barcode generator in codeproject Using the Positioned DELETE Statement in Software

Draw Code 3/9 in Software Using the Positioned DELETE Statement

Using the Positioned DELETE Statement
Code 39 Full ASCII Decoder In None
Using Barcode Control SDK for Software Control to generate, create, read, scan barcode image in Software applications.
Code-39 Encoder In None
Using Barcode generation for Software Control to generate, create Code 3/9 image in Software applications.
The positioned DELETE statement, like the positioned UPDATE statement, requires a WHERE clause that must include the CURRENT OF option. (A regular DELETE statement, as you ll recall, does not require the WHERE clause.) A positioned DELETE statement uses the following syntax: DELETE <table name> WHERE CURRENT OF <cursor name> As you can see, you need to define a DELETE clause that identifies the table and a WHERE clause that identifies the cursor. The WHERE clause in a positioned DELETE statement works just like the WHERE clause in a positioned UPDATE statement: The row returned by the last FETCH statement is the row that is modified. In this case, the row is deleted. Now let s look at an example of a positioned DELETE statement. The following SQL statements declare the CD_4 cursor, open the cursor, return a row from the cursor, delete that row, and close the cursor:
Recognize ANSI/AIM Code 39 In None
Using Barcode reader for Software Control to read, scan read, scan image in Software applications.
Code 3/9 Encoder In C#
Using Barcode printer for VS .NET Control to generate, create Code 39 Extended image in .NET framework applications.
USS Code 39 Creation In VS .NET
Using Barcode creation for ASP.NET Control to generate, create Code 39 image in ASP.NET applications.
Draw Code 39 Full ASCII In .NET Framework
Using Barcode generator for .NET Control to generate, create Code39 image in VS .NET applications.
Paint Code-39 In Visual Basic .NET
Using Barcode printer for .NET Control to generate, create Code 3 of 9 image in .NET applications.
Encode Barcode In None
Using Barcode encoder for Software Control to generate, create bar code image in Software applications.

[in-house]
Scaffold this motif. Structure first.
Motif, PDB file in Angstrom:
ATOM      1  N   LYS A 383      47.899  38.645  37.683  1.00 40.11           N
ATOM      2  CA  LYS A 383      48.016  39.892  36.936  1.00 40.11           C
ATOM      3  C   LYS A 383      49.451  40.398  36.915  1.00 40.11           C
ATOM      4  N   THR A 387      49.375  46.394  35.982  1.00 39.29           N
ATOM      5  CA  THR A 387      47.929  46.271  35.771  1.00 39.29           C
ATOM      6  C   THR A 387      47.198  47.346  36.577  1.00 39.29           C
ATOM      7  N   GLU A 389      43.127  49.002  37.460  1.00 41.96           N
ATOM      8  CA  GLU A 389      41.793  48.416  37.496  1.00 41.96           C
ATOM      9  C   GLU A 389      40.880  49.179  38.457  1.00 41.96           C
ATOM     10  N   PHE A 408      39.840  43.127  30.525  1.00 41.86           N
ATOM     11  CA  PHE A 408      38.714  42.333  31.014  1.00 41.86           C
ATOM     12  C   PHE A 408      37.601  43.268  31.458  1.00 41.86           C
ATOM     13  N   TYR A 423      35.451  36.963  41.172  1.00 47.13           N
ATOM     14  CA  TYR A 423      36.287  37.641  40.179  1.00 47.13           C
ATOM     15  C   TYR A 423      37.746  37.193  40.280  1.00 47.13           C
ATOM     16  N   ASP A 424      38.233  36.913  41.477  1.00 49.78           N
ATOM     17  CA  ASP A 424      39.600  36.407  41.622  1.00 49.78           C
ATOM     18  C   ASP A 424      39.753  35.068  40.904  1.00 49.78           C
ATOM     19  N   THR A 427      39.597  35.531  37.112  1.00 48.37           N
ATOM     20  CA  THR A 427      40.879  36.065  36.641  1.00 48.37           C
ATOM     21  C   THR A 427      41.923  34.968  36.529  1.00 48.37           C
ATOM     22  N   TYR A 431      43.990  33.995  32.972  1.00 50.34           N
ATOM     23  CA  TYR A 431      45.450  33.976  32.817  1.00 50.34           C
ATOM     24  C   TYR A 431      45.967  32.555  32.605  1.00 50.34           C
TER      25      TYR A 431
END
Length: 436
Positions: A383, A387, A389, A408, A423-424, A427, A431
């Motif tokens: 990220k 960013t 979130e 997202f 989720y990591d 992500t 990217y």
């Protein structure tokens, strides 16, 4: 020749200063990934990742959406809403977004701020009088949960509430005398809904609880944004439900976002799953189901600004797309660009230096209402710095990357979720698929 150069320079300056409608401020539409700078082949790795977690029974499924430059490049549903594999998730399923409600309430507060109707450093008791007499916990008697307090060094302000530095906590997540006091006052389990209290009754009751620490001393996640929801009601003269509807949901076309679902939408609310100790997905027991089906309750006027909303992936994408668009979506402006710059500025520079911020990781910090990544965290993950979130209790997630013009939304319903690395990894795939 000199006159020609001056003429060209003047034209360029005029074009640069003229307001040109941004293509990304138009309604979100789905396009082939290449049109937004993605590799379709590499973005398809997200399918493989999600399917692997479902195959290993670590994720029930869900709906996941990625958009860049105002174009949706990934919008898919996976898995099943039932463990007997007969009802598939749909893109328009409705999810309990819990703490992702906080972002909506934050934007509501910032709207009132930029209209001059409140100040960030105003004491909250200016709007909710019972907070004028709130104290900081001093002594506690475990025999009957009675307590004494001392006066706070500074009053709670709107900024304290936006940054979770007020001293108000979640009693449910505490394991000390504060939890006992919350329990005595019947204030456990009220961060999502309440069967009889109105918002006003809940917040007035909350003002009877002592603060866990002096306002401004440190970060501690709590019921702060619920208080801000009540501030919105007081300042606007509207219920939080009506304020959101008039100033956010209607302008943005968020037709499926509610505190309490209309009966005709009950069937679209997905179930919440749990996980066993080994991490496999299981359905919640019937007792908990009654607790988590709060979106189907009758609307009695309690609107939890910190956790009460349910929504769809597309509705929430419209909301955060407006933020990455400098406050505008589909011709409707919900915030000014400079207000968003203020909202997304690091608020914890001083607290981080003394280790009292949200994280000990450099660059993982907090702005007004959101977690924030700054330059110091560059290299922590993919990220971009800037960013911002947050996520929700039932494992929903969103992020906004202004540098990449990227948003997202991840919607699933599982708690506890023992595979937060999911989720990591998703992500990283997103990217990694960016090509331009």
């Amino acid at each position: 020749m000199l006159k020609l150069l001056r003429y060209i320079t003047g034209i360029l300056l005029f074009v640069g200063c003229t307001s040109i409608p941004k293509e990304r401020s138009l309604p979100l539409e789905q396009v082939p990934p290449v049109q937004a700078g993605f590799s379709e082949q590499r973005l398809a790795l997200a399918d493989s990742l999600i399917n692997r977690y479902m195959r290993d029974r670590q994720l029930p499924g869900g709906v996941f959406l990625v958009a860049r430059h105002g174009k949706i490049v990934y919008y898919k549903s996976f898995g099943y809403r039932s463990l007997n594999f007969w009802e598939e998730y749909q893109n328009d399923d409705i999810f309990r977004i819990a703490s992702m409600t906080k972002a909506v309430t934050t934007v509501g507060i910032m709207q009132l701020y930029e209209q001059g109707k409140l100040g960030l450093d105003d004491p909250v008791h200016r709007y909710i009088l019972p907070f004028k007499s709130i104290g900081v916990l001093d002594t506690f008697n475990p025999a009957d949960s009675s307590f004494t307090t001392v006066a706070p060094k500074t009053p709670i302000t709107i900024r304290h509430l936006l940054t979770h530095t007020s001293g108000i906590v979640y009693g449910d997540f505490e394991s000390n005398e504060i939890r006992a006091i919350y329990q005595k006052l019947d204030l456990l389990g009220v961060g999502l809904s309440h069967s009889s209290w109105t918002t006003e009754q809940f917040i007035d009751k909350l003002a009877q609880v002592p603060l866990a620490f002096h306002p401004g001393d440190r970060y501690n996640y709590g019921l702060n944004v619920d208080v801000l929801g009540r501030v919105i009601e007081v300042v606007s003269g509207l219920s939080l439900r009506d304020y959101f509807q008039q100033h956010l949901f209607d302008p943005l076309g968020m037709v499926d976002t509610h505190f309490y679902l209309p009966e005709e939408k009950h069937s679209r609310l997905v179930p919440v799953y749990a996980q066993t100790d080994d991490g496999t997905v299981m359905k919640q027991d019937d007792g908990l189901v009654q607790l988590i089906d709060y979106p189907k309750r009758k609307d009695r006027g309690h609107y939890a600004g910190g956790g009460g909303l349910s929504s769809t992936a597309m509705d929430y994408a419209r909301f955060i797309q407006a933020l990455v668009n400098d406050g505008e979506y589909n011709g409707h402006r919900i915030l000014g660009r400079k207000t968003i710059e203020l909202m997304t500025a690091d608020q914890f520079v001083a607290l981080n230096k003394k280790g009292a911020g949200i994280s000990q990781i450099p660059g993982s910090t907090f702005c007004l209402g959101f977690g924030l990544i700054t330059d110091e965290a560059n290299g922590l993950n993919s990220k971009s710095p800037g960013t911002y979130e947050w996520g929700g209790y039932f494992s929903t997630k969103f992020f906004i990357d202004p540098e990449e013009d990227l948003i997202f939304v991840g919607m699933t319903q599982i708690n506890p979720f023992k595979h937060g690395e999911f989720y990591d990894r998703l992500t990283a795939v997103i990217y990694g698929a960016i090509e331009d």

Using SQL Cursors
GTIN - 12 Generation In None
Using Barcode creator for Software Control to generate, create UPC-A image in Software applications.
Painting Bar Code In None
Using Barcode generator for Software Control to generate, create barcode image in Software applications.
GS1-128 Generator In None
Using Barcode drawer for Software Control to generate, create EAN / UCC - 13 image in Software applications.
Generating Code 39 Full ASCII In None
Using Barcode generator for Software Control to generate, create Code-39 image in Software applications.
You should be familiar with most of these statements. The only new one is the positioned DELETE statement. This statement deletes the row returned by the FETCH statement, which is the Famous Blue Raincoat row. Once the row is deleted, the cursor is closed using a CLOSE statement. As stated previously, it is always a good idea to explicitly close cursors when they are no longer needed.
Leitcode Encoder In None
Using Barcode encoder for Software Control to generate, create Leitcode image in Software applications.
Data Matrix 2d Barcode Reader In Java
Using Barcode recognizer for Java Control to read, scan read, scan image in Java applications.
Try This 15-1
Code-39 Creation In Objective-C
Using Barcode drawer for iPhone Control to generate, create Code-39 image in iPhone applications.
Create ECC200 In Java
Using Barcode generator for Eclipse BIRT Control to generate, create Data Matrix 2d barcode image in BIRT reports applications.
Working with SQL Cursors
Code 39 Decoder In VB.NET
Using Barcode reader for .NET framework Control to read, scan read, scan image in Visual Studio .NET applications.
Matrix 2D Barcode Drawer In VB.NET
Using Barcode generation for .NET Control to generate, create Matrix Barcode image in .NET applications.